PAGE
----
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Project Britain
Folklore Calendar
stories, sayings, customs
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A month by month of forgotten legends and pastimes from Britain's folk history
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Facts about July
Customs and Traditions

Gemstone: Ruby
Flower: Larkspur


July is one of the hottest months of the year. It is nearly the end of the school year and summer holidays are near.

July is the seventh month of the year according to the Gregorian calendar. It was the fifth month in the early calendar of the ancient Romans. The Romans called the month Quintilius, which means fifth. A Roman Senate renamed the month to Julius (July) in honour of Julius Caesar, who was born on 12 July.

The Anglo-Saxon names for the month included Heymonath or Maed monath, referring respectively to haymaking and the flowering of meadows.

All year round Crop Circles

July is the month when circular flattened patches begin to appear in fields of standing corn.


This phenomenon dates from early 1970s, although there are isolated earlier examples.

All year round Weather-lore, beliefs and sayings

'If the first of July it be rainy weather,
'Twill rain more or less for four weeks together.'


All year round Festivals and Traditions

Henley Royal Regatta

Takes place during the first week of July on a stretch of the River Thames at Henley-on-Thames in Oxfordshire. The Regatta began in 1839 with a single afternoon of rowing races and now lasts for five days.

Swan Upping

The census of swans takes place annually during July on the River Thames in a ceremony known as Swan Upping. Swans are counted and marked on a 70 mile, five day journey up the River Thames.

Swan UppingSwan Upping
swan uppingSwan Upping

Click here to find out more

St Swithin's Day

St Swithin's Day is 15 July, a day on which people watch the weather for tradition says that whatever the weather is like on St. Swithin's Day, it will continue so for the next forty days.

St Swithin's Day, if thou dost rain,
For forty days it will remain.
St Swithin's Day. if thou be fair,
For forty days 'twill rain nae mair'

dateHoniton Fair in Devon

This three day fair begins on the first Tuesday after 19 July. The town crier officially opens the fair by parading down the High Street with a golden glove at the end of a long pole decorated with garlands of flowers and announcing:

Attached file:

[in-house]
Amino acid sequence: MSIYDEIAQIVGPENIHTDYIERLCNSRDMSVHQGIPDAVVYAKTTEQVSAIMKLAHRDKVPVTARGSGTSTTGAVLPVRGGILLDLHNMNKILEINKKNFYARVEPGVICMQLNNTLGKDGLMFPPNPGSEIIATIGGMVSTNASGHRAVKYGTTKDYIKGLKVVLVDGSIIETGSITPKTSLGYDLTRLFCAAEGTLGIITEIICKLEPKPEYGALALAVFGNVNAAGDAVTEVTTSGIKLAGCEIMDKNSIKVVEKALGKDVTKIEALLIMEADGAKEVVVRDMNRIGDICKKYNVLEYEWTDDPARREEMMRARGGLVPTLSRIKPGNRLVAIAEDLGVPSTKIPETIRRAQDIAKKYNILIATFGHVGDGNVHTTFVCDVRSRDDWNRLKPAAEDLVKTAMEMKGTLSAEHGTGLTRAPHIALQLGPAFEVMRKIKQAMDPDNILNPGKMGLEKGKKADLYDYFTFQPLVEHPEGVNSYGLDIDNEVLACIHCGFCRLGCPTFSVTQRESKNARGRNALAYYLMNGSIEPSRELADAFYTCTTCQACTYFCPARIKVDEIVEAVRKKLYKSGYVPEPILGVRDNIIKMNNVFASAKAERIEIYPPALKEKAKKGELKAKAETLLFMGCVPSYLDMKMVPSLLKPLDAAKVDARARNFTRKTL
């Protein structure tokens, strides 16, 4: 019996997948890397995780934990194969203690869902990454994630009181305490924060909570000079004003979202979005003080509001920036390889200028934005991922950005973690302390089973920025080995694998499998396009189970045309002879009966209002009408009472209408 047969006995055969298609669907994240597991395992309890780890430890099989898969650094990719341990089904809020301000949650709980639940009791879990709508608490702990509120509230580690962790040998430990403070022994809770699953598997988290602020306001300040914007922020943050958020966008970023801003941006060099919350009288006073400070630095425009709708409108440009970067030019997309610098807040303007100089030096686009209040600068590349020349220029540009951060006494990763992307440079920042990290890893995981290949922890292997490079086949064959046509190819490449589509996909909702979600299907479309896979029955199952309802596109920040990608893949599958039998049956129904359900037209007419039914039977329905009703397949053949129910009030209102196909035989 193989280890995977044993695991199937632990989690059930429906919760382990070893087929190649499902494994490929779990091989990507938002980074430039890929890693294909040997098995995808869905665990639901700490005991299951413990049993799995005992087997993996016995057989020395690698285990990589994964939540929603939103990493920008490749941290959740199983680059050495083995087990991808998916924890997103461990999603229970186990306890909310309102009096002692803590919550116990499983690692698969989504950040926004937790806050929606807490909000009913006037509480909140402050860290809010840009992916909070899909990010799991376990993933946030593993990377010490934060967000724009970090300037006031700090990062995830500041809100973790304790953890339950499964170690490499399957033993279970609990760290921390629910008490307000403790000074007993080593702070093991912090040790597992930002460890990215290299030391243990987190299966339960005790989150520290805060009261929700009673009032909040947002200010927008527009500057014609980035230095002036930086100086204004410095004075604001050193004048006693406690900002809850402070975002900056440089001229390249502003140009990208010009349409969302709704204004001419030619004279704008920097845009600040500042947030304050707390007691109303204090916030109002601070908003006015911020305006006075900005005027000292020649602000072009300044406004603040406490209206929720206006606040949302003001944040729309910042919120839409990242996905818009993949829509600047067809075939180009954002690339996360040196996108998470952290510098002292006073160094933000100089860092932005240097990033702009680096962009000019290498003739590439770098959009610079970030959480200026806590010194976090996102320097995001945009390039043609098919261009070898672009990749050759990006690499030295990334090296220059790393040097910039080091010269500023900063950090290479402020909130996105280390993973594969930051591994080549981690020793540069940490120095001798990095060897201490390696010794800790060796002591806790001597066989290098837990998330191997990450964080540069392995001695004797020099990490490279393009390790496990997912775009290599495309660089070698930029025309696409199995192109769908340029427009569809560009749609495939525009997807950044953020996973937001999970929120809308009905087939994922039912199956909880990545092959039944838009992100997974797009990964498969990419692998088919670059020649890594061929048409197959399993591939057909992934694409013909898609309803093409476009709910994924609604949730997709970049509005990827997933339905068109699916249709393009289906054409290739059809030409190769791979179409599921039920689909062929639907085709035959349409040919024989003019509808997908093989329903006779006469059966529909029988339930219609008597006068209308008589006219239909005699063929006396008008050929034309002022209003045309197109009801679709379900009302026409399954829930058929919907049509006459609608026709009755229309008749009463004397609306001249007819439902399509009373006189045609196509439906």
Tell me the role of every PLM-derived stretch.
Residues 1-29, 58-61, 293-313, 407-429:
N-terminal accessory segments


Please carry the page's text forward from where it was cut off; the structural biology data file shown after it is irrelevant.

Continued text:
'Oyez, Oyez, Oyez!
The glove is up!
The fair has begun!
No man shall be arrested until the glove is down.
God save the Queen!'

After this ceremony, hot pennies are thrown to the onlookers from the windows of various pubs and scrambles for by local children. The custom dates back many years to the days long gone when the wealthy of the town would 'aid' the poor.

date Grotto Day

shells25 July is St James' Day (Also known as Grotto Day )

Children used to make grottoes and caves and decorate them with sea shells because the scallop shell is supposed to be the emblem of St. James.

The grottoes were placed outside the homes and the children would sit by them and say:

Please remember the Grotto.
It's only once a year.
Father's gone to sea.
Mother's gone to bring him back,
So please remember me.

dateWhitstable Oyster Festival

oysterThe English Oyster season officially begins on St James' Day.

Whitstable Bay, on the north Kent coast, is famous for its oysters. It has been associated with oysters for hundreds of years. An old Kentish tradition says that Julius Caesar was drawn to Britain by the Whitstable oysters. On St. James's Day the locals hold an annual oyster festival, an event dating back to at least the early 19th century when it was the custom for fishers and dredgers to celebrate with an annual ceremony of thanksgiving.

All year round Anniversaries

1st July 1937 999 emergency service introduced.
1st July 1837 Registration of births, marriages and deaths begins in Britain.
1st July 1997 British rule ended in Hong Kong after 99 years.
2nd July 1928 Equal voting rights are granted to women in Britain.
3rd July 1938 The ‘Mallard’ broke the speed record for steam engines, 126 mph.
12th July Battle of the Boyne – Northern Ireland.
13th July 1985 Live Aid concert, organised by Bob Geldof. Raised money to help people starving in Africa.
13th July National Day – Northern Ireland.
15th July St Swithin's Day. If it rains on St. Swithin’s then there’ll be forty more days of wet weather.
21st July 1837 Euston Railway Station, the first in London, is opened
21st July 1969 Apollo 11 landed on the Moon. Neil Armstrong was the first man on the moon.
25th July St James’ Day, patron saint of pilgrims. Children used to make little grottoes from scallop shells (the emblem of St. James) or oyster shells.
25th July Whitstable Oyster Festival
25th July St Christopher's Day. Patron Saint of Travellers.
28th July 1586 The first potatoes arrived from Columbia.
28th July 1901 First fingerprints used for identification.

All year round

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Facts and information about LondonBritish Royal FamilyVirtual Tour of the Thames

Special facts and information about each month of the yearInformation on Britain and the UK for Kids of all agesBritish History

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Mandy left Woodlands in 2003 to work in Kent schools as an ICT Consulatant. 
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